The internship is not only unique because it promotes cultural diversity while empowering interns to take a significant role in their organizations, but also because business mentors are granted to the interns. Con Edison doesn’t just bestow financial support to our organization—they are personally involved by assigning staff as mentors. The mentors collectively represent alternative involvement in the arts, should the interns choose to work in business—they are patrons, donors, and board members—all excellent examples of our sector’s desired audience.

The business mentors attend events, take interns to coffee, visit their organizations, invite interns to their office, and attend site visits (where students lead a tour of their organization and present the results of their summer project). Con Edison also hosts the entire program for an opening breakfast and closing dinner ceremony, where the host supervisors, business mentors, interns, and Arts & Business Council staff come together to celebrate the program and reflect upon the summer.

Here's a video of some of the interns and mentors in action:

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E Pluribus Unum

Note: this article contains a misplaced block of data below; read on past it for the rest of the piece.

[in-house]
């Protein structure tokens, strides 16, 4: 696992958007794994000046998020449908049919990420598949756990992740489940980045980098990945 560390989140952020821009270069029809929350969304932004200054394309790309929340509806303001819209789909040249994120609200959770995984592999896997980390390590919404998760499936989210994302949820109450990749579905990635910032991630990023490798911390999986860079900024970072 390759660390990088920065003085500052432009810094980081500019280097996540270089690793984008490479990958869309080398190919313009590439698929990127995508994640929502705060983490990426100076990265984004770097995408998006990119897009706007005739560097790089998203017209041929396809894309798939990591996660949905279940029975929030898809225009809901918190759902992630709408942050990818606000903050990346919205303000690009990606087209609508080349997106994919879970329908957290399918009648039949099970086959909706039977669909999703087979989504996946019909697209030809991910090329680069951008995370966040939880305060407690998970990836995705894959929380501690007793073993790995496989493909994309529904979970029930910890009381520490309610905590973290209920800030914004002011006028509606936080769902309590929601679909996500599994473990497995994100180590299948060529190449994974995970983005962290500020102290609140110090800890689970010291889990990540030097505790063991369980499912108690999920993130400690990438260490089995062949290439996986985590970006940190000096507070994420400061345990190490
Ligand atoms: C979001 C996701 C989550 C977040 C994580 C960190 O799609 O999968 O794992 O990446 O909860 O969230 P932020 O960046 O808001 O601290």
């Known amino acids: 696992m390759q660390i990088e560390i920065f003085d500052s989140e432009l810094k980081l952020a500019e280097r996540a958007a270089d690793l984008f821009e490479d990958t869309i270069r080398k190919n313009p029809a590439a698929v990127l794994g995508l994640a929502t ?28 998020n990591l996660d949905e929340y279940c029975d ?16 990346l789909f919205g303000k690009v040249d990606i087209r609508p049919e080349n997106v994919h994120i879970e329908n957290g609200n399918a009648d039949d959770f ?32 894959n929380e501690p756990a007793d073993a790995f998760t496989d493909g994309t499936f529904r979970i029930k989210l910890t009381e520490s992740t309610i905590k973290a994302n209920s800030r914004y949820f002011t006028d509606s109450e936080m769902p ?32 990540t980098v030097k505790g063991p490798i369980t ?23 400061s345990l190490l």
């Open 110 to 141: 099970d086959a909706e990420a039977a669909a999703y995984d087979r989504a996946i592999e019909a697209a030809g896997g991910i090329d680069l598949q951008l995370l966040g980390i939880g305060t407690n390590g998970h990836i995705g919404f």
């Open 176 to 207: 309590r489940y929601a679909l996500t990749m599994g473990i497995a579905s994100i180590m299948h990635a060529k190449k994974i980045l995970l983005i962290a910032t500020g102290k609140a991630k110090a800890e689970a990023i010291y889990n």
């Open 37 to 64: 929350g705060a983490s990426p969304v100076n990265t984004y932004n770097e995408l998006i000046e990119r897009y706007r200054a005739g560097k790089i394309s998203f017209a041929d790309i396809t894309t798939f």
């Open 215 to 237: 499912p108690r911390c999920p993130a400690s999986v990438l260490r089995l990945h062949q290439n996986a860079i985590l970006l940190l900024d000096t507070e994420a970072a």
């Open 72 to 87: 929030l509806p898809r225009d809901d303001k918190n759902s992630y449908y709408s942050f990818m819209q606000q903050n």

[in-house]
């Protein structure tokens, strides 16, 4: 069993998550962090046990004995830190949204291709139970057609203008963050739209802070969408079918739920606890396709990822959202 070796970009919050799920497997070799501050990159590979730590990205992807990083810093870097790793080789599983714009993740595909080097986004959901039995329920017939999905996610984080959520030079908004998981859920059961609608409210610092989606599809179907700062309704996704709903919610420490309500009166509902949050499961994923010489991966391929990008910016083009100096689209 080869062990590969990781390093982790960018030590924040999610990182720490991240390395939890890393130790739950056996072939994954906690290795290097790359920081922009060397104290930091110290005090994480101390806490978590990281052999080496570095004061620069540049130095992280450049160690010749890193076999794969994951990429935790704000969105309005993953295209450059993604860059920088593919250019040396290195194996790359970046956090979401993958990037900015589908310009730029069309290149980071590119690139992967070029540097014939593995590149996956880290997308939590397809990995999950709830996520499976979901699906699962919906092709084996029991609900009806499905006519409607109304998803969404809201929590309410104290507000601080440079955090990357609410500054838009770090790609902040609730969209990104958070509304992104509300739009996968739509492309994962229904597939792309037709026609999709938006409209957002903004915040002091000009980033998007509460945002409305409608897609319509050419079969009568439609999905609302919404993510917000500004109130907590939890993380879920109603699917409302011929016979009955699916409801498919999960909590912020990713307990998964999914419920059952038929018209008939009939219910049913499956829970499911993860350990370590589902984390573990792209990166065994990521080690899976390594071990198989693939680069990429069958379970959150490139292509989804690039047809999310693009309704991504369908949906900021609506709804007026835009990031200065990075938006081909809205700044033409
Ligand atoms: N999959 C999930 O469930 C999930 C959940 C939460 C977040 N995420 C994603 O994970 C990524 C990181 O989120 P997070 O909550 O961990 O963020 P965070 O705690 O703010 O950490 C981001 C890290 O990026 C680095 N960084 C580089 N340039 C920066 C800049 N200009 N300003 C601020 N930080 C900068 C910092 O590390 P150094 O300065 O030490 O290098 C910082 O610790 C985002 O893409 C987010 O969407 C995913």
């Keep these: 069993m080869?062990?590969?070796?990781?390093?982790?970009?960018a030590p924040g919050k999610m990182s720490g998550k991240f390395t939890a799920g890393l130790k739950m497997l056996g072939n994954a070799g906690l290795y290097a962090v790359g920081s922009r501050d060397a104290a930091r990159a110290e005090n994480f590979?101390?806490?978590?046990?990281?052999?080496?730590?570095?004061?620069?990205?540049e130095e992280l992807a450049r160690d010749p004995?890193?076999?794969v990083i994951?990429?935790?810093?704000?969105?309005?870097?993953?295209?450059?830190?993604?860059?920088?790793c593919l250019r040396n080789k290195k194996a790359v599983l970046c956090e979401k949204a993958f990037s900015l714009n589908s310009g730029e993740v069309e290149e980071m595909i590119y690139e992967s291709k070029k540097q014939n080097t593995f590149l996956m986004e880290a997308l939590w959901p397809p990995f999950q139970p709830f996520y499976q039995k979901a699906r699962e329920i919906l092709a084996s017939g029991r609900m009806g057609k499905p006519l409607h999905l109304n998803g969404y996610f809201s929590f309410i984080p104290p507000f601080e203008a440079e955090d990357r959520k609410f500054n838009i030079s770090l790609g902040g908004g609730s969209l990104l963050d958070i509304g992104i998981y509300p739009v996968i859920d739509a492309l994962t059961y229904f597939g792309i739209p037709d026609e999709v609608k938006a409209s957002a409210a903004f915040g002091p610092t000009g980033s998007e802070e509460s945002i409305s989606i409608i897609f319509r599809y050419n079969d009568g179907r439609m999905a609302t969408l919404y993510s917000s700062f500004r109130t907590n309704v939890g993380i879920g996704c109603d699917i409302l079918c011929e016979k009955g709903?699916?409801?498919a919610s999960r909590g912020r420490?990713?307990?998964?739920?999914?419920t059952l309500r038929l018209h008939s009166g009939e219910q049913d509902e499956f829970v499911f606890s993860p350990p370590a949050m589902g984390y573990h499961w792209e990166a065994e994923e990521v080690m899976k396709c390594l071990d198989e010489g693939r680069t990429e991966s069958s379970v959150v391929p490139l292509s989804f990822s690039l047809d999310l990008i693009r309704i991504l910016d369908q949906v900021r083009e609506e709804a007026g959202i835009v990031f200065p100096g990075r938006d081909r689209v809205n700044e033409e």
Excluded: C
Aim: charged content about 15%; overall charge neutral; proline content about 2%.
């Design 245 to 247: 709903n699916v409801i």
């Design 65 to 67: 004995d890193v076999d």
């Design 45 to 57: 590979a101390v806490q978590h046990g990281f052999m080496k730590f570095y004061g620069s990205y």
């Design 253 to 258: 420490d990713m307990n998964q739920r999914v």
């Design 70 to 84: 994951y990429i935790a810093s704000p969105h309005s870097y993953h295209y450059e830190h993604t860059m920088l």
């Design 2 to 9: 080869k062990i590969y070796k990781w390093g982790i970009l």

Posted by Will Maitland Weiss, Dec 07, 2011 0 comments

Will Maitland Weiss

I had a cup of tea recently with Rachel Cohen. You probably don’t know Rachel, which is too bad.

She’s a choreographer, and her dance company is called Racoco. She’s lithe and creative—and happens to be really smart and articulate (it cracks me up to know her Ivy League alma mater, a place you do not associate with turning out dance talent).

She has a day job, three days a week, in order to afford cups of tea and, really, to feed her demon within, which cries out her version of Gotta dance!

There is absolutely only one Rachel Cohen, but—you know what I mean, you know some of them—there are hundreds of Rachel Cohens. Thousands, just in NYC.

She talked to me about how Racoco partners with a couple of other dance companies to pay for a booth at the Association of Performing Arts Presenters gig in NYC each January, and for a space and time to showcase some of their work. How else, we wondered to one another, might Racoco partner with other companies?